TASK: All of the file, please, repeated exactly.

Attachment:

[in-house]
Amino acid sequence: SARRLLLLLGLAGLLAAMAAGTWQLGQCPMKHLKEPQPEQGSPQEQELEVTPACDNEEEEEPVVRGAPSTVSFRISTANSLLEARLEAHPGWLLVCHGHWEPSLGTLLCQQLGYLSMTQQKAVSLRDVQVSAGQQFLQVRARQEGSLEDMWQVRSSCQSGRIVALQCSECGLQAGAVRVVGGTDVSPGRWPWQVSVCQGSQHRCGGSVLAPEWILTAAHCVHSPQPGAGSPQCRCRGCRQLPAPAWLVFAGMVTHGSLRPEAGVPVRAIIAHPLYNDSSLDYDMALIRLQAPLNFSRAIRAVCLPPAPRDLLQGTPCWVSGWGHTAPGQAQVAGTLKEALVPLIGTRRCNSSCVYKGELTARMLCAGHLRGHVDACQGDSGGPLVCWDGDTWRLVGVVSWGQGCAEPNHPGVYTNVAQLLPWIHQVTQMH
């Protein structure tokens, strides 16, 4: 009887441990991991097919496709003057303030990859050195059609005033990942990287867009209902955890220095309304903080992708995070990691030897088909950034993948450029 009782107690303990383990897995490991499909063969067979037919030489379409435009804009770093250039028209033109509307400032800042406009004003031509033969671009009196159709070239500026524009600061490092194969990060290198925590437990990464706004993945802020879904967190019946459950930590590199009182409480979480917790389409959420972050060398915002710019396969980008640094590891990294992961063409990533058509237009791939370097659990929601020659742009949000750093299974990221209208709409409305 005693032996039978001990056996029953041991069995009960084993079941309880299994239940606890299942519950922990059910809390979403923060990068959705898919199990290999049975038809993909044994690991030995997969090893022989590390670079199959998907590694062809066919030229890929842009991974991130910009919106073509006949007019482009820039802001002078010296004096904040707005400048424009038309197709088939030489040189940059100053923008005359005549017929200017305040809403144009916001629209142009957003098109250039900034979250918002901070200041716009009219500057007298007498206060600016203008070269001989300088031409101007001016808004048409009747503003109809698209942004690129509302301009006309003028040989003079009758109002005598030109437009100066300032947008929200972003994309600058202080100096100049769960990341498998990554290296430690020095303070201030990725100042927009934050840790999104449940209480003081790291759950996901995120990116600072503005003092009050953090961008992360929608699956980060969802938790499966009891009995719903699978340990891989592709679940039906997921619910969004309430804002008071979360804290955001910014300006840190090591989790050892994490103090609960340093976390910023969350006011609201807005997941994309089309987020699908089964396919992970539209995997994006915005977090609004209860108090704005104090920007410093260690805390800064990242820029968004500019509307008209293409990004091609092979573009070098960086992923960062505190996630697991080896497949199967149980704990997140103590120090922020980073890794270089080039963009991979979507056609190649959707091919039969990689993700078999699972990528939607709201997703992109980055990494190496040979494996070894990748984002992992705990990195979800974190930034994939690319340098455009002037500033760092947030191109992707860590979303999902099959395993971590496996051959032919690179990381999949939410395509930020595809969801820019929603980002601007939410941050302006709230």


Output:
[in-house]
Amino acid sequence: SARRLLLLLGLAGLLAAMAAGTWQLGQCPMKHLKEPQPEQGSPQEQELEVTPACDNEEEEEPVVRGAPSTVSFRISTANSLLEARLEAHPGWLLVCHGHWEPSLGTLLCQQLGYLSMTQQKAVSLRDVQVSAGQQFLQVRARQEGSLEDMWQVRSSCQSGRIVALQCSECGLQAGAVRVVGGTDVSPGRWPWQVSVCQGSQHRCGGSVLAPEWILTAAHCVHSPQPGAGSPQCRCRGCRQLPAPAWLVFAGMVTHGSLRPEAGVPVRAIIAHPLYNDSSLDYDMALIRLQAPLNFSRAIRAVCLPPAPRDLLQGTPCWVSGWGHTAPGQAQVAGTLKEALVPLIGTRRCNSSCVYKGELTARMLCAGHLRGHVDACQGDSGGPLVCWDGDTWRLVGVVSWGQGCAEPNHPGVYTNVAQLLPWIHQVTQMH
């Protein structure tokens, strides 16, 4: 009887441990991991097919496709003057303030990859050195059609005033990942990287867009209902955890220095309304903080992708995070990691030897088909950034993948450029 009782107690303990383990897995490991499909063969067979037919030489379409435009804009770093250039028209033109509307400032800042406009004003031509033969671009009196159709070239500026524009600061490092194969990060290198925590437990990464706004993945802020879904967190019946459950930590590199009182409480979480917790389409959420972050060398915002710019396969980008640094590891990294992961063409990533058509237009791939370097659990929601020659742009949000750093299974990221209208709409409305 005693032996039978001990056996029953041991069995009960084993079941309880299994239940606890299942519950922990059910809390979403923060990068959705898919199990290999049975038809993909044994690991030995997969090893022989590390670079199959998907590694062809066919030229890929842009991974991130910009919106073509006949007019482009820039802001002078010296004096904040707005400048424009038309197709088939030489040189940059100053923008005359005549017929200017305040809403144009916001629209142009957003098109250039900034979250918002901070200041716009009219500057007298007498206060600016203008070269001989300088031409101007001016808004048409009747503003109809698209942004690129509302301009006309003028040989003079009758109002005598030109437009100066300032947008929200972003994309600058202080100096100049769960990341498998990554290296430690020095303070201030990725100042927009934050840790999104449940209480003081790291759950996901995120990116600072503005003092009050953090961008992360929608699956980060969802938790499966009891009995719903699978340990891989592709679940039906997921619910969004309430804002008071979360804290955001910014300006840190090591989790050892994490103090609960340093976390910023969350006011609201807005997941994309089309987020699908089964396919992970539209995997994006915005977090609004209860108090704005104090920007410093260690805390800064990242820029968004500019509307008209293409990004091609092979573009070098960086992923960062505190996630697991080896497949199967149980704990997140103590120090922020980073890794270089080039963009991979979507056609190649959707091919039969990689993700078999699972990528939607709201997703992109980055990494190496040979494996070894990748984002992992705990990195979800974190930034994939690319340098455009002037500033760092947030191109992707860590979303999902099959395993971590496996051959032919690179990381999949939410395509930020595809969801820019929603980002601007939410941050302006709230």